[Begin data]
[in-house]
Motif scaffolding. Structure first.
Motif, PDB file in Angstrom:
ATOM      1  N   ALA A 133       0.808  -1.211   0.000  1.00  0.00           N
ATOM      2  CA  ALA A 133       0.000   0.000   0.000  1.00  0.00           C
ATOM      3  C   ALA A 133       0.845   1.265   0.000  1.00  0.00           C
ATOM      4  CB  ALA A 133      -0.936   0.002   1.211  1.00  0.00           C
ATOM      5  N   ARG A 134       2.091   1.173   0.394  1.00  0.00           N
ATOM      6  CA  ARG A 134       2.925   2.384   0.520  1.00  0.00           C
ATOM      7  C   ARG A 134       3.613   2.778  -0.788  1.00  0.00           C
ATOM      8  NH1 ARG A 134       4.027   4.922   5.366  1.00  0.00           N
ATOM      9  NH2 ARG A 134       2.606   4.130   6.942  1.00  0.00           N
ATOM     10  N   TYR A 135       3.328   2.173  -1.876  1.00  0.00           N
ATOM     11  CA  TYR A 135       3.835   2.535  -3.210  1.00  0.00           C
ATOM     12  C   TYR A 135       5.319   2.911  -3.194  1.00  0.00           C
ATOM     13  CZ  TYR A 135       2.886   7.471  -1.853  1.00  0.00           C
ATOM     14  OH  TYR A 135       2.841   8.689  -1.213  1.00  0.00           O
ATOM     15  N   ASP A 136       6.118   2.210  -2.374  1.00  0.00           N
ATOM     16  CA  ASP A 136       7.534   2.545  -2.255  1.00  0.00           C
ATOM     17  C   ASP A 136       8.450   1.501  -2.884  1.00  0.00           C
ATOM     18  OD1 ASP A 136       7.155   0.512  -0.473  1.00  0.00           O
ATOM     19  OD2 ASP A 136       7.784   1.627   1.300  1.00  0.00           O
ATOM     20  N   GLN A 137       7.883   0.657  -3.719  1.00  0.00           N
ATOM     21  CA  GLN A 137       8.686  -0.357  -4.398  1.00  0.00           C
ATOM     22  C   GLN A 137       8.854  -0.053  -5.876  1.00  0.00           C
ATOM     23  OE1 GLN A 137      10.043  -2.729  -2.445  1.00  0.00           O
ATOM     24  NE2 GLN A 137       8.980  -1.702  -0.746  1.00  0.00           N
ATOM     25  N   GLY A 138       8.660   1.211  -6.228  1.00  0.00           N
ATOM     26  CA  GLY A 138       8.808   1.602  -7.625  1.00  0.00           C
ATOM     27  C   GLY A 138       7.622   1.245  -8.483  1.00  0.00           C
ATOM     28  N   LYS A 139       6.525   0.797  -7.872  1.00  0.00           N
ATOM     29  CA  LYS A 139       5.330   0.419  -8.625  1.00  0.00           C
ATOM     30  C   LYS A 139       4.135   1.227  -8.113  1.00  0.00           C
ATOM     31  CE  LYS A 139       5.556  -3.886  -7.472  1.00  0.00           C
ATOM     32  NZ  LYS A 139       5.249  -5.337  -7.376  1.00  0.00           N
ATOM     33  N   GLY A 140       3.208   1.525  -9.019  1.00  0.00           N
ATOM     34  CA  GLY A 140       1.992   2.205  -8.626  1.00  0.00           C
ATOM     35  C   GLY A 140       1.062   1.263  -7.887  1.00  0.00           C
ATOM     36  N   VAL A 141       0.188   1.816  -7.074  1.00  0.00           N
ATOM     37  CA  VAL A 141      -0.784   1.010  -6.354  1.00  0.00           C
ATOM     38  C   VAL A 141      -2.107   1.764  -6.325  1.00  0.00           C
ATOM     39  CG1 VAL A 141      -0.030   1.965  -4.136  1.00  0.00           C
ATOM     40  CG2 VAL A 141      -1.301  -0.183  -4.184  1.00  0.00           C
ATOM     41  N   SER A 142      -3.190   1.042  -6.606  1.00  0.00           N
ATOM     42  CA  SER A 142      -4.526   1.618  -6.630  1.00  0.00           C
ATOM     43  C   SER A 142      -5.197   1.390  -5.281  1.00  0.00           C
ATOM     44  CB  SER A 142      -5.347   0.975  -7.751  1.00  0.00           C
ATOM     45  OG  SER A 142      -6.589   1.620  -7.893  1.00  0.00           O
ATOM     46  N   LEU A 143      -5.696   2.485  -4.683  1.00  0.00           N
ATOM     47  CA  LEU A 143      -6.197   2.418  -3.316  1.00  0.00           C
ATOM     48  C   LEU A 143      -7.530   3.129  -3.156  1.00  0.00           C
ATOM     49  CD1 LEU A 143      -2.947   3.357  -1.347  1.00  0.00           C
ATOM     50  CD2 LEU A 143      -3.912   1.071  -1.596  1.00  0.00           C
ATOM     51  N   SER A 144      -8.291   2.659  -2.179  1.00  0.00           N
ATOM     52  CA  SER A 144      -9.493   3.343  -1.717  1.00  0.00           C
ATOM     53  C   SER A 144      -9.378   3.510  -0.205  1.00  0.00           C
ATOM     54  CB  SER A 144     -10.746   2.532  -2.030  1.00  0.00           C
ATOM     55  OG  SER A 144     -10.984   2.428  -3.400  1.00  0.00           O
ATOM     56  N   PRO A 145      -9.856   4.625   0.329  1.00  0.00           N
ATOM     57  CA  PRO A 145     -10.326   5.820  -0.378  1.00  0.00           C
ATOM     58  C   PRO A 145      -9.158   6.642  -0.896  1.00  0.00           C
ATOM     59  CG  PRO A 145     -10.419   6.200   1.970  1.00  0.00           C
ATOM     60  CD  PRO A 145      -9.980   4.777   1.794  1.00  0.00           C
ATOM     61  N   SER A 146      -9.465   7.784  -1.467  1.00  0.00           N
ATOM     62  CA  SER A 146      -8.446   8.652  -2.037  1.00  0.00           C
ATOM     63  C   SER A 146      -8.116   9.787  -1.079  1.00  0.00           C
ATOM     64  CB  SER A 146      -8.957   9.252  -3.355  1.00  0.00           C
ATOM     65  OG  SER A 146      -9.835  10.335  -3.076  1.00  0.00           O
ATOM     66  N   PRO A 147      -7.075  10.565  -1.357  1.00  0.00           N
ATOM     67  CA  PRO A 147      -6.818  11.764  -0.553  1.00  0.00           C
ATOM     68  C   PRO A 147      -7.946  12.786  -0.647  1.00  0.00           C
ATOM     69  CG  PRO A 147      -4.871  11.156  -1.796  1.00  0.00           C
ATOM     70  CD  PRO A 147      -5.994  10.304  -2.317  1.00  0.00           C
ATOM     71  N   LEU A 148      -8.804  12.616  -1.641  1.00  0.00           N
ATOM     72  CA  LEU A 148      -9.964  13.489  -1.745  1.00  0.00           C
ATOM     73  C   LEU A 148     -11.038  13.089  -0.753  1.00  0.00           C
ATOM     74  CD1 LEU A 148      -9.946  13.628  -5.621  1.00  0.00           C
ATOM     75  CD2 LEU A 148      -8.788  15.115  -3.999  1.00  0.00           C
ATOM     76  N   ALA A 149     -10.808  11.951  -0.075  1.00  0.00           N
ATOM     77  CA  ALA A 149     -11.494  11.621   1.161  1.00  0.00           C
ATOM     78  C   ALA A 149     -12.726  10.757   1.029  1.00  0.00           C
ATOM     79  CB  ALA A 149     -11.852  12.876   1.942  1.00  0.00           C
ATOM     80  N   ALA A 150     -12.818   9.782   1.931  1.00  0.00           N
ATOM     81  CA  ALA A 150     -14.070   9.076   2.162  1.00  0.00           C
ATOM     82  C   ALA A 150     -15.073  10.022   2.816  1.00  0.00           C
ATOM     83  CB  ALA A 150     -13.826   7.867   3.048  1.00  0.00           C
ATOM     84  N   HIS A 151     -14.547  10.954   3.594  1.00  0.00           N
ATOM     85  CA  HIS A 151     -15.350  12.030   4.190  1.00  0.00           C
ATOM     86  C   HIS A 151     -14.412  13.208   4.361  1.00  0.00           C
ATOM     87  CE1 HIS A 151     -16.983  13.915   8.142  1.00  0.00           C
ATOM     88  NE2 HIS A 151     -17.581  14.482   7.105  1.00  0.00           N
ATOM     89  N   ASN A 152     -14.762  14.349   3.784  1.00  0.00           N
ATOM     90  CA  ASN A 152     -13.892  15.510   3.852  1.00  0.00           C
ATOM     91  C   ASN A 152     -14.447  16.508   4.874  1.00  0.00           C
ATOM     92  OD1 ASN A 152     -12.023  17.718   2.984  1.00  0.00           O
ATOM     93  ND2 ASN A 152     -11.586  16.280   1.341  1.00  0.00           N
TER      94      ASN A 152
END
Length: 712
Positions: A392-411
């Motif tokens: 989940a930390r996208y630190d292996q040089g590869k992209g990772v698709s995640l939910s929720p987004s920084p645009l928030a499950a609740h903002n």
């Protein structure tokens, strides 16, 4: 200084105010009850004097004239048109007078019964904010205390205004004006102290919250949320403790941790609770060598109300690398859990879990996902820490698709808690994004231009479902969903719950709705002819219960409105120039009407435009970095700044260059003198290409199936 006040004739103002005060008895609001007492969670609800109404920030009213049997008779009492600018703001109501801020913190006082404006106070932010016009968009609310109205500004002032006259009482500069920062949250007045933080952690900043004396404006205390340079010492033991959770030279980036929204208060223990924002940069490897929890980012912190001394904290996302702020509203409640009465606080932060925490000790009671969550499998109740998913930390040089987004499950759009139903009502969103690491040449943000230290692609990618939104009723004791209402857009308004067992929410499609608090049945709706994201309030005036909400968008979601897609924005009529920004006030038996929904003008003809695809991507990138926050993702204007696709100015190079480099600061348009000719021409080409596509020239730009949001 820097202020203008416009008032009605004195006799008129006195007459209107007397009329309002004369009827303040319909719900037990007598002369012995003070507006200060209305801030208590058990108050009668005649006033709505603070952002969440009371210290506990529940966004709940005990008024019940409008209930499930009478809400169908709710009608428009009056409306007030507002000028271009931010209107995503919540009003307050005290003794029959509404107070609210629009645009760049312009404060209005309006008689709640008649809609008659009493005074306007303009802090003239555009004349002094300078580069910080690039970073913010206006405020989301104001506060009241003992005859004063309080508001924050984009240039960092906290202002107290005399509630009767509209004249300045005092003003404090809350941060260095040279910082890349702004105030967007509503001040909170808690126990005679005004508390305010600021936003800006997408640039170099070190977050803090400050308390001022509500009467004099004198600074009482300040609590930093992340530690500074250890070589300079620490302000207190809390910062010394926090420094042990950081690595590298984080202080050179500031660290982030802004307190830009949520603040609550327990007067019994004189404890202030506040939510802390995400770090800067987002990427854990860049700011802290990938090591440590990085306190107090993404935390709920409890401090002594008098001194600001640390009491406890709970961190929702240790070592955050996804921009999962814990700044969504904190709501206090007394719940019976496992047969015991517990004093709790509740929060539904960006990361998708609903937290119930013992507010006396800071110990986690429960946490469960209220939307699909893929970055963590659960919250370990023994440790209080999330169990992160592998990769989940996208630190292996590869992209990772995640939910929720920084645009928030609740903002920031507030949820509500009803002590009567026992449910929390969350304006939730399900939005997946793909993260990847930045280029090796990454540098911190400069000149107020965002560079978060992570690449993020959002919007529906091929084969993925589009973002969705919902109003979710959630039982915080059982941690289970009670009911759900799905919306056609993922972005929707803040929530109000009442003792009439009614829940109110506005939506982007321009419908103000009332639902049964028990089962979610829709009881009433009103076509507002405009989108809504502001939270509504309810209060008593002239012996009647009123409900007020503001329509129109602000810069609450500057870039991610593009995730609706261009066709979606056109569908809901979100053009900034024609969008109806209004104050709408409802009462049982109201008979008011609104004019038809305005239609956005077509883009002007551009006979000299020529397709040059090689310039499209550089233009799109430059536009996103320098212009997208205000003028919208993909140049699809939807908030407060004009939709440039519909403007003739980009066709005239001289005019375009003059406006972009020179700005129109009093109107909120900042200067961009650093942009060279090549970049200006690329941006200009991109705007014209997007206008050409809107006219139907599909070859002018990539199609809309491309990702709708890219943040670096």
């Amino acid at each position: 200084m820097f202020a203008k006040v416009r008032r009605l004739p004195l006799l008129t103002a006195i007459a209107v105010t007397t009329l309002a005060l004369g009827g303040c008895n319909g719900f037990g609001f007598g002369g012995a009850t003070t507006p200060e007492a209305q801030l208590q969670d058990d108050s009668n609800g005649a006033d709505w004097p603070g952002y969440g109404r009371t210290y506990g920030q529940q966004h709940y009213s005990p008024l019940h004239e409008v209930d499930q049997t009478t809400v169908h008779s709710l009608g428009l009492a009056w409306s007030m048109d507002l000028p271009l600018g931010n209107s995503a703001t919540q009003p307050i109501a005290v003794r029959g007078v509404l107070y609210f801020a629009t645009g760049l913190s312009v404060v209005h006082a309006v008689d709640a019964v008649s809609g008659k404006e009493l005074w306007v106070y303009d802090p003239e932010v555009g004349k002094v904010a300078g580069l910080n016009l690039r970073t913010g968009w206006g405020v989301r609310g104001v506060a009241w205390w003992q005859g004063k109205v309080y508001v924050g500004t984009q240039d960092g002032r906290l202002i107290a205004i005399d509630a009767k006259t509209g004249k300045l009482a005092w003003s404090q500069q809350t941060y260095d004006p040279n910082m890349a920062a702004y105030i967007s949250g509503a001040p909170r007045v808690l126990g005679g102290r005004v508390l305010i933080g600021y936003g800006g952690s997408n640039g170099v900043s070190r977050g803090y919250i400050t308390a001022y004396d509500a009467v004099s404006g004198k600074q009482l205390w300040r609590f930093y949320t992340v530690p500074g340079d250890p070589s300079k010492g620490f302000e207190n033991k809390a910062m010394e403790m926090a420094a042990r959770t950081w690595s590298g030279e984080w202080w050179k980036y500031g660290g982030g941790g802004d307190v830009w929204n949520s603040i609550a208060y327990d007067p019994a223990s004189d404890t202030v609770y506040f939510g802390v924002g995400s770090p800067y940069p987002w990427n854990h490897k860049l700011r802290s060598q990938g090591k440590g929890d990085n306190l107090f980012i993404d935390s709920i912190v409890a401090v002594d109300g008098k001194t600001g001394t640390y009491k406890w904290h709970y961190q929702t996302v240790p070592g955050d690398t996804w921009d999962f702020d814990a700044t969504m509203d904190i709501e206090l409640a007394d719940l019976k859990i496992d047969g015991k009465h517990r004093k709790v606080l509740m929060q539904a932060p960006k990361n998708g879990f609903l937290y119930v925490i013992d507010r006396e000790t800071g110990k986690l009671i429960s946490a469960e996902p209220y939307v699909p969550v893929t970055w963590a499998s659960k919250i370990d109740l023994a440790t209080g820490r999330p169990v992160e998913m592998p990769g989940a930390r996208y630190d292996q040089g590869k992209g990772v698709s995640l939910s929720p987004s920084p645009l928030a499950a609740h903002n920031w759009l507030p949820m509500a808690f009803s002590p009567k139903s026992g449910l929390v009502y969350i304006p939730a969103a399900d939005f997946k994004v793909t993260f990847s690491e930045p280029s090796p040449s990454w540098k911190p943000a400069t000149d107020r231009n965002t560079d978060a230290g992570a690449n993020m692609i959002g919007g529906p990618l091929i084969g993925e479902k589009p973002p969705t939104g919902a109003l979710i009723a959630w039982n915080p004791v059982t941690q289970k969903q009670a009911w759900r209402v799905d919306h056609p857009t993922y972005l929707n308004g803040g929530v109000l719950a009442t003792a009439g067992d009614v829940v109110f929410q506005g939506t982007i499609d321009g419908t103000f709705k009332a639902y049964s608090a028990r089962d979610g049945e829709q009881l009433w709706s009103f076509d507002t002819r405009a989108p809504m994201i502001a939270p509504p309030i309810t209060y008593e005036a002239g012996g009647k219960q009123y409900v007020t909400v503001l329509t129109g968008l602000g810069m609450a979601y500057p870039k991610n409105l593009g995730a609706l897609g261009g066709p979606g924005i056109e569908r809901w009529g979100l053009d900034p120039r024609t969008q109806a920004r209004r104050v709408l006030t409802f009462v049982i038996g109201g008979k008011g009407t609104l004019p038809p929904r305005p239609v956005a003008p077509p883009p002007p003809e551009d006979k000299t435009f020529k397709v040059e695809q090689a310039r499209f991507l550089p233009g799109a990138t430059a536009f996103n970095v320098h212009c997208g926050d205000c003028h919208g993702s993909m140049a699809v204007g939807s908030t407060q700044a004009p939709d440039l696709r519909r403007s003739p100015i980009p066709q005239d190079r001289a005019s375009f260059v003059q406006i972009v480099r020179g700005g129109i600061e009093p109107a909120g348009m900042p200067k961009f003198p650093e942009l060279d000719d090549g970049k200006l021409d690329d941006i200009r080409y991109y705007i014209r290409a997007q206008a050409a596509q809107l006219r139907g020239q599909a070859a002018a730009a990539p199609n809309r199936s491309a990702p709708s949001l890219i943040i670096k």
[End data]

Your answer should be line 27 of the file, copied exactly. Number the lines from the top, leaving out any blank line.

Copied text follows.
ATOM     24  NE2 GLN A 137       8.980  -1.702  -0.746  1.00  0.00           N